Every 11 seconds, an older adult is treated in the emergency room for a fall. Every 19 minutes, an older adult dies from a fall. Falls are the number one cause of injury among seniors. Hip fractures and traumatic brain injuries are the most common injuries.
Having a bad fall, however, is not an inevitable result of aging. Getting your eyes checked, making your home safer, and asking your doctor to review your medicines are simple steps you can take to reduce your risk of falling. Getting regular exercise is also an important step to prevent falls and fractures.
Doing balance exercises will strengthen your muscles, improve coordination and quicken reaction time. If you do stumble, you’re more likely to recover your balance because you can react faster with increased strength. And if you do fall, you’ll fall better. Like the crumple zone in your car, your coordinated muscle action softens the impact, dramatically lowering your odds of serious injury.
6 Top Balance Exercises for Seniors
You can do exercises to improve your balance almost anytime, anywhere, and as often as you like, as long as you have something sturdy to hold onto if you become unsteady. In the beginning, using a chair or wall for support will help you work on your balance safely.
Stand on One Foot
Stand behind a chair or counter and hold on with one hand. Stand on one foot and hold position for up to 10 seconds. Repeat 10-15 times and then try it with the other leg.
Put your right foot in front of the left with your heel touching your toes. Choose a spot in front of you and focus on it to keep you steady as you walk. Take a step. Put your heel just in front of the toes of your other foot. Repeat for 20 steps. (If you’re unsteady, try doing this near a wall so you can steady yourself if you need to.)
Back Leg Raise
Stand behind a sturdy chair, holding on for balance. Breathe in slowly. Breathe out and slowly lift one leg straight back without bending your knee or pointing your toes. Try not to lean forward. The leg you’re standing on should be slightly bent. Hold position for one second. Breathe in as you slowly lower your leg. Repeat 10-15 times. Repeat with the other leg.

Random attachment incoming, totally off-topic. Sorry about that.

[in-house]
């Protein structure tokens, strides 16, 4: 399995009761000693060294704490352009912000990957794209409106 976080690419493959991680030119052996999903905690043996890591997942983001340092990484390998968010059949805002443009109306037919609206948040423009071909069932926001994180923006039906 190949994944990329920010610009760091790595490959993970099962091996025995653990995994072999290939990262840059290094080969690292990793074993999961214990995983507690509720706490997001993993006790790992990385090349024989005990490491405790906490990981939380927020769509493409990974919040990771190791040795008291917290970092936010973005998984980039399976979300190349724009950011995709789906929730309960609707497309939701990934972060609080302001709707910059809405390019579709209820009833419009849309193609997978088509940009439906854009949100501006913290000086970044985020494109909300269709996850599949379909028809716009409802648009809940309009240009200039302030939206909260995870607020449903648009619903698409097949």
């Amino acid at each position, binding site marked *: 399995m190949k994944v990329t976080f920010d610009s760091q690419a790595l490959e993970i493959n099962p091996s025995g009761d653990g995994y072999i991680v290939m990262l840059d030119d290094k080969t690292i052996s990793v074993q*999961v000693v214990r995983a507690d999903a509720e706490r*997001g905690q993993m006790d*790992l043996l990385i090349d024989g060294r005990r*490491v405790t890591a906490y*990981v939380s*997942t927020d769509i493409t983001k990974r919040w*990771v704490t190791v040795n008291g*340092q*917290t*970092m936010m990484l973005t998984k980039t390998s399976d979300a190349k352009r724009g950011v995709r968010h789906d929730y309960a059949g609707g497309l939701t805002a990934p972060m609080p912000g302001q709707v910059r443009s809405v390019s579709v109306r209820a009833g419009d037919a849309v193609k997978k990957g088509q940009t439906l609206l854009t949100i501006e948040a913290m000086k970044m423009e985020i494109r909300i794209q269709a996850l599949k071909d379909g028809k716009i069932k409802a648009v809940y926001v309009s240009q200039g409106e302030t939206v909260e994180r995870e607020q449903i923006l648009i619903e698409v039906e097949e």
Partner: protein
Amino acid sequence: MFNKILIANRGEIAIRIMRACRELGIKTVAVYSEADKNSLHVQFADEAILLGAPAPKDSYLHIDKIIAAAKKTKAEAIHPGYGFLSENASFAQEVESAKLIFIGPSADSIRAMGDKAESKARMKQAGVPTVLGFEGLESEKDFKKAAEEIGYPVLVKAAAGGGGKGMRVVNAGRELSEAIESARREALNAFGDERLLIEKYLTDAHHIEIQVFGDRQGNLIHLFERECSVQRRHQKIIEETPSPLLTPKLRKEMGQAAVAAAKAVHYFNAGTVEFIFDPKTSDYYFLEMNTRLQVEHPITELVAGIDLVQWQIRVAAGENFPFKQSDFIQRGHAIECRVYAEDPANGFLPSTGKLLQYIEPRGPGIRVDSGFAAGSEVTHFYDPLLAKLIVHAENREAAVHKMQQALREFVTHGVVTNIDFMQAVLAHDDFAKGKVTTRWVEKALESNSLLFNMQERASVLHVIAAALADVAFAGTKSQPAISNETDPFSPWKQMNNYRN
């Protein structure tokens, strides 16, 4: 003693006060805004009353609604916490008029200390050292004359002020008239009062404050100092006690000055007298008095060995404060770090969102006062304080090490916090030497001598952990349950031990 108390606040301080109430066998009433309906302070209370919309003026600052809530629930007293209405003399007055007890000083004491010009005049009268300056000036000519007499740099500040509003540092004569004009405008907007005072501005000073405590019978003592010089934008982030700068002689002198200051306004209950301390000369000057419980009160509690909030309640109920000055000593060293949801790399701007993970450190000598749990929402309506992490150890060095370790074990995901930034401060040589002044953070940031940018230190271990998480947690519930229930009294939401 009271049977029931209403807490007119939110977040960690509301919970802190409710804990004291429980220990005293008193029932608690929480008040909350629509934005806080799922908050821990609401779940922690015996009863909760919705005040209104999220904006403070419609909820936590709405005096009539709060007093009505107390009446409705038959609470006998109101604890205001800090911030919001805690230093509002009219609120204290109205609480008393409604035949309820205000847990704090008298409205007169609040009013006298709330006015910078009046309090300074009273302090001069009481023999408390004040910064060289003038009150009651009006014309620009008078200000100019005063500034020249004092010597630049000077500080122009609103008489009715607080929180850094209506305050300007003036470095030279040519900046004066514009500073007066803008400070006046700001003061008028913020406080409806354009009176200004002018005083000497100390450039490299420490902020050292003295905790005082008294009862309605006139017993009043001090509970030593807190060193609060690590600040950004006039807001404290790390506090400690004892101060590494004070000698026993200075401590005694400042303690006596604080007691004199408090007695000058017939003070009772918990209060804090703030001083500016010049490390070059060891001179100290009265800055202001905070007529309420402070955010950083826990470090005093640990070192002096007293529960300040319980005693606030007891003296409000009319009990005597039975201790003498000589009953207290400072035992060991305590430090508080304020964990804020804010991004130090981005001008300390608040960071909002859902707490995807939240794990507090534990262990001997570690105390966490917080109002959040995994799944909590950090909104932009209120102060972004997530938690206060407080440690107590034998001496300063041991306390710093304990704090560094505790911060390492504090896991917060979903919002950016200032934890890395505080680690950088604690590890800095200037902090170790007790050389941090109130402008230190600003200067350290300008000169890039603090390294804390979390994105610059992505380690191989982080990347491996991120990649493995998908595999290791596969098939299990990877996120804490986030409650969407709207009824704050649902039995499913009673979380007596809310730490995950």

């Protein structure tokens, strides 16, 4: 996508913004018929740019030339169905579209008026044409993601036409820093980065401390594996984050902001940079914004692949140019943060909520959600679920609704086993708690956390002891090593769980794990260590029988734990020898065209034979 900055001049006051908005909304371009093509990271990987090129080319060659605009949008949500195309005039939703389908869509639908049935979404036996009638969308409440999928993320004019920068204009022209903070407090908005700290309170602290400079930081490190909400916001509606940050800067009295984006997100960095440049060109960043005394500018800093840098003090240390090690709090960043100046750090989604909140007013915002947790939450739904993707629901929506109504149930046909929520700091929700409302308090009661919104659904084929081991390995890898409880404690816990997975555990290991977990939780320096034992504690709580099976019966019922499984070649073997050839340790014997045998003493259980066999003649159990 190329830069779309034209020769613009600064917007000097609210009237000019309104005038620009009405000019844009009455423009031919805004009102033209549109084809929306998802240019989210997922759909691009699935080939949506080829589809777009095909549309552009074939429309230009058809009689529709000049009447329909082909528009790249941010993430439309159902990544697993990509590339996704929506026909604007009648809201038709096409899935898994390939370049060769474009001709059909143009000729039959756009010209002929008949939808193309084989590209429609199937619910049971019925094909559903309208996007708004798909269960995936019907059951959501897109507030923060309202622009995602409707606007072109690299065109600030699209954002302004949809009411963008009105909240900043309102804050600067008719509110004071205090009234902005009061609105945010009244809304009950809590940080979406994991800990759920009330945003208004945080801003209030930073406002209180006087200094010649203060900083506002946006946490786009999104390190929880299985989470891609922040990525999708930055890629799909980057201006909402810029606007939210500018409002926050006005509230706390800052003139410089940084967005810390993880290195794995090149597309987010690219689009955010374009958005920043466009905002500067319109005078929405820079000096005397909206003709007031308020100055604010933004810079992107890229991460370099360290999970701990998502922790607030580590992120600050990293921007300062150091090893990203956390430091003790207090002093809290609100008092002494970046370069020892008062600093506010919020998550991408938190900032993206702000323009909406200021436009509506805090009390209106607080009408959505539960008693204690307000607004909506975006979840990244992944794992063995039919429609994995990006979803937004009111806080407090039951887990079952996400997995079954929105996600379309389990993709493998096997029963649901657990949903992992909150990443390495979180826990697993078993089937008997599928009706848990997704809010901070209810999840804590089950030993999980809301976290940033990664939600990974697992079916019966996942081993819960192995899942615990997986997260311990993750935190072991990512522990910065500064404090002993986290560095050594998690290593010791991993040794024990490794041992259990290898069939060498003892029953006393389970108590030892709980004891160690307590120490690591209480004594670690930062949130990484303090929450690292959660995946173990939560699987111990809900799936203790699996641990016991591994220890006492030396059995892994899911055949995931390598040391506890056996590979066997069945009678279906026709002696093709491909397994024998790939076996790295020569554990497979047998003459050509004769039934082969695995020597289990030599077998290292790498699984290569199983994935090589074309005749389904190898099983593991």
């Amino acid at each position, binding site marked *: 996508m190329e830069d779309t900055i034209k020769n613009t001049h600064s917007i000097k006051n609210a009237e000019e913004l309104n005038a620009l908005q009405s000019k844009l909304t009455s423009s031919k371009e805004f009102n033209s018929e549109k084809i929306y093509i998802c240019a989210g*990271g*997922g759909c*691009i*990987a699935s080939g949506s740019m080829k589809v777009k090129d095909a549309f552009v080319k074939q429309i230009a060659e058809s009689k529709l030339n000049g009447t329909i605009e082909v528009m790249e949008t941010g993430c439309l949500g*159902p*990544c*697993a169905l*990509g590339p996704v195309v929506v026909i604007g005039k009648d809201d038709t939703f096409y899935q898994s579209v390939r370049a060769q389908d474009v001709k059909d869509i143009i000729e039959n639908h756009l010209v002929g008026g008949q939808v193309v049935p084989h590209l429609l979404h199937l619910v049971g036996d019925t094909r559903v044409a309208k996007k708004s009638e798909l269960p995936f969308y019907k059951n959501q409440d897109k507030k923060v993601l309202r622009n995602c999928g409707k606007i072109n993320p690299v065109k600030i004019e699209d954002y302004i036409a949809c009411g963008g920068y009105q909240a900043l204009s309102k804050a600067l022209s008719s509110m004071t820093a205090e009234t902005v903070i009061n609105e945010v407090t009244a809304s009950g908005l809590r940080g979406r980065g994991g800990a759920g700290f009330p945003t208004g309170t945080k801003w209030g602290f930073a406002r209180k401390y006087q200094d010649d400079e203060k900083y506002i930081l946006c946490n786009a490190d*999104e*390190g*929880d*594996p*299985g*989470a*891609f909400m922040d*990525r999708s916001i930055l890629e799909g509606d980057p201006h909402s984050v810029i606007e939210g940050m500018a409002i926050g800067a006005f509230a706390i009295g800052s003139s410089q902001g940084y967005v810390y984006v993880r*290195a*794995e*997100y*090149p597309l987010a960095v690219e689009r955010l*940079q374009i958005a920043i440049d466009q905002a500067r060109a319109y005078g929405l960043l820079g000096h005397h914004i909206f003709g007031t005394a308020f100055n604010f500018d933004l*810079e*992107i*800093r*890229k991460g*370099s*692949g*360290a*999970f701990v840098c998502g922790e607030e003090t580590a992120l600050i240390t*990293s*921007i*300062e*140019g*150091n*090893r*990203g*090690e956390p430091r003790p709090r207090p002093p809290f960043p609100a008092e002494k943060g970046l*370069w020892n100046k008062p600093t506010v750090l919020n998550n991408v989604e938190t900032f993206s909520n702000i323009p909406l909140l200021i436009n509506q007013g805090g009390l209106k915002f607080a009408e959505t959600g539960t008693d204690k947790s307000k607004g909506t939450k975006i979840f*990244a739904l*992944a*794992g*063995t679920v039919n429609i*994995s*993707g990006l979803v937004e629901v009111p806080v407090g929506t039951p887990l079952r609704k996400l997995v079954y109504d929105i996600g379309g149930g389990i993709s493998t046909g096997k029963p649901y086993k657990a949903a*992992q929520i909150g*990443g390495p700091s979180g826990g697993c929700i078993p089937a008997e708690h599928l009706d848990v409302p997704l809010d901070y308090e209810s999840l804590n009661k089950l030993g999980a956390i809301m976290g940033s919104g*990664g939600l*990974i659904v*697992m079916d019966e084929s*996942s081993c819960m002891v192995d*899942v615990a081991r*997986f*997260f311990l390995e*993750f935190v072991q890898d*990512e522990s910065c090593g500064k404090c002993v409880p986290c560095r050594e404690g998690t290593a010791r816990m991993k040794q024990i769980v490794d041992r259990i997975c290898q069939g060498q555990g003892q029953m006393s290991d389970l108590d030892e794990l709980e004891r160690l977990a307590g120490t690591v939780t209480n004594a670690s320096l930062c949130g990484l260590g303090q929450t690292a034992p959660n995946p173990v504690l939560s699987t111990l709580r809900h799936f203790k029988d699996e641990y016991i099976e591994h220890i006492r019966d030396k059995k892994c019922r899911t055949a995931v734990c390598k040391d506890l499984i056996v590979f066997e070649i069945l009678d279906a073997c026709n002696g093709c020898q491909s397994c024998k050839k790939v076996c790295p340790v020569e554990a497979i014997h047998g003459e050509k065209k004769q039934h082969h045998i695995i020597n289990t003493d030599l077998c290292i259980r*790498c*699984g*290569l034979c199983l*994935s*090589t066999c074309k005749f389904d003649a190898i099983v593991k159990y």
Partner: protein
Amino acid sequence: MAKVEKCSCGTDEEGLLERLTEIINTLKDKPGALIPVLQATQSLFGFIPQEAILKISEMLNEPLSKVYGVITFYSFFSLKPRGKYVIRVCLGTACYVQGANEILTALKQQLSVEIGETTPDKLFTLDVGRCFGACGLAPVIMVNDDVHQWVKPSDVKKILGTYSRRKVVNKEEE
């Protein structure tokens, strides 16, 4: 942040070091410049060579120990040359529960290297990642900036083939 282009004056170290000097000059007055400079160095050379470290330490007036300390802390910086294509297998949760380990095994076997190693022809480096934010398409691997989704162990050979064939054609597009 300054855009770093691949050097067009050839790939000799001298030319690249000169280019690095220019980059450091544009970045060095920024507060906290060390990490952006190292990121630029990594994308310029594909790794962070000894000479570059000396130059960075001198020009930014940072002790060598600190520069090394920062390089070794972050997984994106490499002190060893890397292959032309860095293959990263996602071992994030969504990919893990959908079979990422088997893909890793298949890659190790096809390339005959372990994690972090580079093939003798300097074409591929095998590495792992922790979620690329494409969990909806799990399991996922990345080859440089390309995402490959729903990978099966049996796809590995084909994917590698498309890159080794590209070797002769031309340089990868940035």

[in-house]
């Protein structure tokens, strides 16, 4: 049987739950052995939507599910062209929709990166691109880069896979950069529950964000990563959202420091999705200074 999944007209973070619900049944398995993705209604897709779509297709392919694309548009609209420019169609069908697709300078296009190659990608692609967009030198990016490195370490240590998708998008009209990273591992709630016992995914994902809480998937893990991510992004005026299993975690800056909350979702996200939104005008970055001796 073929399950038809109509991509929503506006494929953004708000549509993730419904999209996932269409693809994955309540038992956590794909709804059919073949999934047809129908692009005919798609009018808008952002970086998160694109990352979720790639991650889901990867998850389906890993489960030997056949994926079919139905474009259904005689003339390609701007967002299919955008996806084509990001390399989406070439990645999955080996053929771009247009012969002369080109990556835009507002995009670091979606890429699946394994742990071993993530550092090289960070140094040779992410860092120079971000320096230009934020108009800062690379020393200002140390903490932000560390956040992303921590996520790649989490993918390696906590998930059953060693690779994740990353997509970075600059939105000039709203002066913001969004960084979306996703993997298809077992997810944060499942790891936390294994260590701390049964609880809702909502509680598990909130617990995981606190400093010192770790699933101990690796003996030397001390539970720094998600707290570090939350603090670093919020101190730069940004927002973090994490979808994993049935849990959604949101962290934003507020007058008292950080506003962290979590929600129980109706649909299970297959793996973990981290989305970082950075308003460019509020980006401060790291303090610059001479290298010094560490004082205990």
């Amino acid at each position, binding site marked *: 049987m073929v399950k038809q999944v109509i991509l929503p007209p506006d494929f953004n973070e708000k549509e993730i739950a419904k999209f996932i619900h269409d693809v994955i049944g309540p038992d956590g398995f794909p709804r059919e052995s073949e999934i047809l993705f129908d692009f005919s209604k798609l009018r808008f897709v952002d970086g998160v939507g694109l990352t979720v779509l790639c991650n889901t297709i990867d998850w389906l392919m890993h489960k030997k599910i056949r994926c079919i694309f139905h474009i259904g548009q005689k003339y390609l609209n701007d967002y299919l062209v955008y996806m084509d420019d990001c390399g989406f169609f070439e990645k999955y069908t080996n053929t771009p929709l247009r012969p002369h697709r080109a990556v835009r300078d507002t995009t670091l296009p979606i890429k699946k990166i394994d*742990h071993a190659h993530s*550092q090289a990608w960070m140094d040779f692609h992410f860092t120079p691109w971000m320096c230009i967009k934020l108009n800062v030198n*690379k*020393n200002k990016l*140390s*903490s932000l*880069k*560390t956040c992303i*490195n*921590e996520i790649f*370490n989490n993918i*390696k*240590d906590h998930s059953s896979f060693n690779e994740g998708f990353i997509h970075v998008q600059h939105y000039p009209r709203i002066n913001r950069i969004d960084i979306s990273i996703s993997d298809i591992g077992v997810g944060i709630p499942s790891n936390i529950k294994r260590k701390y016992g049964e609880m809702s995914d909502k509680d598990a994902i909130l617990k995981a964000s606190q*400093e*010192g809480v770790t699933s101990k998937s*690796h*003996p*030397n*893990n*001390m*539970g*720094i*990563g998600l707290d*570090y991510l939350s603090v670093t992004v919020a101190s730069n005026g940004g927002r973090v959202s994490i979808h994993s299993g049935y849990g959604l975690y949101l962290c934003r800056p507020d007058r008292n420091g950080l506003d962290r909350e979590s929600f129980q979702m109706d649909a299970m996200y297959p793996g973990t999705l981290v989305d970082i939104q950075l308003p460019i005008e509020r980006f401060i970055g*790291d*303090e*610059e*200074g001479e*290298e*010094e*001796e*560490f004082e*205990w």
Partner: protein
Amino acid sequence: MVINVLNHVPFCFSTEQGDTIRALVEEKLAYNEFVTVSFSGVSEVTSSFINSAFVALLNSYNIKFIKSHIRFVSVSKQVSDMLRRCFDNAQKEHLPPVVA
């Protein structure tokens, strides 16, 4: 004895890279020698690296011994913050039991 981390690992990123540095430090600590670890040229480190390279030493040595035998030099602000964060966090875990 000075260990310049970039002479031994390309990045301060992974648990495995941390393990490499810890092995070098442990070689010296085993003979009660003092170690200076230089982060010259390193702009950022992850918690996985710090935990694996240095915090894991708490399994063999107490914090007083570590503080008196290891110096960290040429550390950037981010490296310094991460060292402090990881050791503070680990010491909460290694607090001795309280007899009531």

Side Leg Raise
Stand behind a sturdy chair with feet slightly apart, holding on for balance. Breathe in slowly. Breathe out and slowly lift one leg out to the side. Keep your back straight and toes facing forward. The leg you’re standing on should be slightly bent. Hold position for one second. Breathe in as you slowly lower your leg. Repeat 10-15 times. Repeat with the other leg. (As you progress, you may want to add ankle weights).
Hold your arms out to your sides. Walk in a straight line and pause for one to two seconds each time you lift a foot off the ground. Focus on a spot ahead of you to keep you steady as you walk. Aim for 15-20 steps.
Stand behind a sturdy chair, holding on for balance. Lift one leg straight back without bending your knee or pointing your toes. Breathe in slowly. Breathe out as you slowly bring your heel up toward your buttocks as far as possible. Bend only from your knee and keep your hips still. The leg you’re standing on should be slightly bent. Hold position for one second. Breathe in as you slowly lower your foot to the floor. Repeat 10-15 times. Repeat with the other leg. (As you progress, you may want to add ankle weights.)
Explore a Balanced Approach to Life at Sagewood
At Sagewood, we know one of the best ways to prevent falls is to encourage regular physical activity. That’s why we offer a variety of ways to support residents’ balance and mobility. In addition to personalized fitness programs, residents can participate in group exercise classes, including tai chi, yoga, balance classes, strength training, cardio workouts, aquacise and dance instruction. To learn more about how we support an active independent lifestyle, get in touch.